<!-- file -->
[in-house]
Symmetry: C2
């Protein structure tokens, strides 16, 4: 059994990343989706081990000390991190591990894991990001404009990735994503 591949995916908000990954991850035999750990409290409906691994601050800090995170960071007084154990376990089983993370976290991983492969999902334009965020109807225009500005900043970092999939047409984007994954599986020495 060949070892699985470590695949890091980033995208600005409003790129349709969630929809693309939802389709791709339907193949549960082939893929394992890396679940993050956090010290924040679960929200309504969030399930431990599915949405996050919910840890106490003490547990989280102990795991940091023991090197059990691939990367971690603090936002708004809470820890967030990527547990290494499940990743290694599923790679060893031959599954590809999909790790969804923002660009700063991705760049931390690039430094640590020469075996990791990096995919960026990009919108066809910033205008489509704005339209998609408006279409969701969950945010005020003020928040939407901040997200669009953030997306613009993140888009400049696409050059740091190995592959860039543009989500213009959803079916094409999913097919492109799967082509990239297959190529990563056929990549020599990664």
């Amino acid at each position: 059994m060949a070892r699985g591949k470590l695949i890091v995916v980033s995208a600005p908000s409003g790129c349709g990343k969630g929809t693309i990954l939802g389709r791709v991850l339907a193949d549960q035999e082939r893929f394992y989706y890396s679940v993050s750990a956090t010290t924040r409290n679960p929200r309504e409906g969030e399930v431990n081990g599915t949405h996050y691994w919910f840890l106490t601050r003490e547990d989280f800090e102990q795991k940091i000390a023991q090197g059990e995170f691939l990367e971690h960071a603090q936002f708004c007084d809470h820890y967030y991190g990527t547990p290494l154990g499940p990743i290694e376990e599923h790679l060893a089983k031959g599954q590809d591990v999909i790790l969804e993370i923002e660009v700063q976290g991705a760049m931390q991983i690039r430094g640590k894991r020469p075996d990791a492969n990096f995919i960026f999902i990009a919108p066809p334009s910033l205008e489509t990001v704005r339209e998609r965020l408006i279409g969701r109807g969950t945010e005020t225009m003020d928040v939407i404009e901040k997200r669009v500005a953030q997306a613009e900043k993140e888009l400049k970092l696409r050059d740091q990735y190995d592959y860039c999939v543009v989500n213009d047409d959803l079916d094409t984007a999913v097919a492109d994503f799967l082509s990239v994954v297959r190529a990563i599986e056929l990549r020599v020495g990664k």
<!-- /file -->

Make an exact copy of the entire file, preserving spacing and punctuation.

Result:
[in-house]
Symmetry: C2
């Protein structure tokens, strides 16, 4: 059994990343989706081990000390991190591990894991990001404009990735994503 591949995916908000990954991850035999750990409290409906691994601050800090995170960071007084154990376990089983993370976290991983492969999902334009965020109807225009500005900043970092999939047409984007994954599986020495 060949070892699985470590695949890091980033995208600005409003790129349709969630929809693309939802389709791709339907193949549960082939893929394992890396679940993050956090010290924040679960929200309504969030399930431990599915949405996050919910840890106490003490547990989280102990795991940091023991090197059990691939990367971690603090936002708004809470820890967030990527547990290494499940990743290694599923790679060893031959599954590809999909790790969804923002660009700063991705760049931390690039430094640590020469075996990791990096995919960026990009919108066809910033205008489509704005339209998609408006279409969701969950945010005020003020928040939407901040997200669009953030997306613009993140888009400049696409050059740091190995592959860039543009989500213009959803079916094409999913097919492109799967082509990239297959190529990563056929990549020599990664």
């Amino acid at each position: 059994m060949a070892r699985g591949k470590l695949i890091v995916v980033s995208a600005p908000s409003g790129c349709g990343k969630g929809t693309i990954l939802g389709r791709v991850l339907a193949d549960q035999e082939r893929f394992y989706y890396s679940v993050s750990a956090t010290t924040r409290n679960p929200r309504e409906g969030e399930v431990n081990g599915t949405h996050y691994w919910f840890l106490t601050r003490e547990d989280f800090e102990q795991k940091i000390a023991q090197g059990e995170f691939l990367e971690h960071a603090q936002f708004c007084d809470h820890y967030y991190g990527t547990p290494l154990g499940p990743i290694e376990e599923h790679l060893a089983k031959g599954q590809d591990v999909i790790l969804e993370i923002e660009v700063q976290g991705a760049m931390q991983i690039r430094g640590k894991r020469p075996d990791a492969n990096f995919i960026f999902i990009a919108p066809p334009s910033l205008e489509t990001v704005r339209e998609r965020l408006i279409g969701r109807g969950t945010e005020t225009m003020d928040v939407i404009e901040k997200r669009v500005a953030q997306a613009e900043k993140e888009l400049k970092l696409r050059d740091q990735y190995d592959y860039c999939v543009v989500n213009d047409d959803l079916d094409t984007a999913v097919a492109d994503f799967l082509s990239v994954v297959r190529a990563i599986e056929l990549r020599v020495g990664k």